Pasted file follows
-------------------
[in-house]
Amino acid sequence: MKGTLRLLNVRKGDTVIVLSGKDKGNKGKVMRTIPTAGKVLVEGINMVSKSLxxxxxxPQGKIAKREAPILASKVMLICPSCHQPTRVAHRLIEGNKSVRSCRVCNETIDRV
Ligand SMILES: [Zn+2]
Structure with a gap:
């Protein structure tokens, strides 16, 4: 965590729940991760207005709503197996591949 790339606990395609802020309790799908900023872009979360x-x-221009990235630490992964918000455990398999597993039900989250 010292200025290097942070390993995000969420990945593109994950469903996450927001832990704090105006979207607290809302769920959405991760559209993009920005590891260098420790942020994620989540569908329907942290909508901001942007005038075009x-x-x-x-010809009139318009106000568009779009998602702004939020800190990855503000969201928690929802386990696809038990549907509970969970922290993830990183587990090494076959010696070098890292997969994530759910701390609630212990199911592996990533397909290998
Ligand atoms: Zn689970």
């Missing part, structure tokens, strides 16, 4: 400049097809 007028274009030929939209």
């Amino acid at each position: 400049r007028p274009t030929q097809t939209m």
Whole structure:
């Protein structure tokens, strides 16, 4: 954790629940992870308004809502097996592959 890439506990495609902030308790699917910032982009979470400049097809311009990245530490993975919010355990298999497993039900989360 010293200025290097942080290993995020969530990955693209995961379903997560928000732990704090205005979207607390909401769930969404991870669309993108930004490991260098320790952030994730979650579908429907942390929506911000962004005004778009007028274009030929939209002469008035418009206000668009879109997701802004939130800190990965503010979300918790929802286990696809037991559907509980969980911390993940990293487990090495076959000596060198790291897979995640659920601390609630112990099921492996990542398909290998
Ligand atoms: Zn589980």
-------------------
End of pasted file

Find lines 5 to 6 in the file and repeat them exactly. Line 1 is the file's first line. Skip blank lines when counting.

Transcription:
């Protein structure tokens, strides 16, 4: 965590729940991760207005709503197996591949 790339606990395609802020309790799908900023872009979360x-x-221009990235630490992964918000455990398999597993039900989250 010292200025290097942070390993995000969420990945593109994950469903996450927001832990704090105006979207607290809302769920959405991760559209993009920005590891260098420790942020994620989540569908329907942290909508901001942007005038075009x-x-x-x-010809009139318009106000568009779009998602702004939020800190990855503000969201928690929802386990696809038990549907509970969970922290993830990183587990090494076959010696070098890292997969994530759910701390609630212990199911592996990533397909290998
Ligand atoms: Zn689970």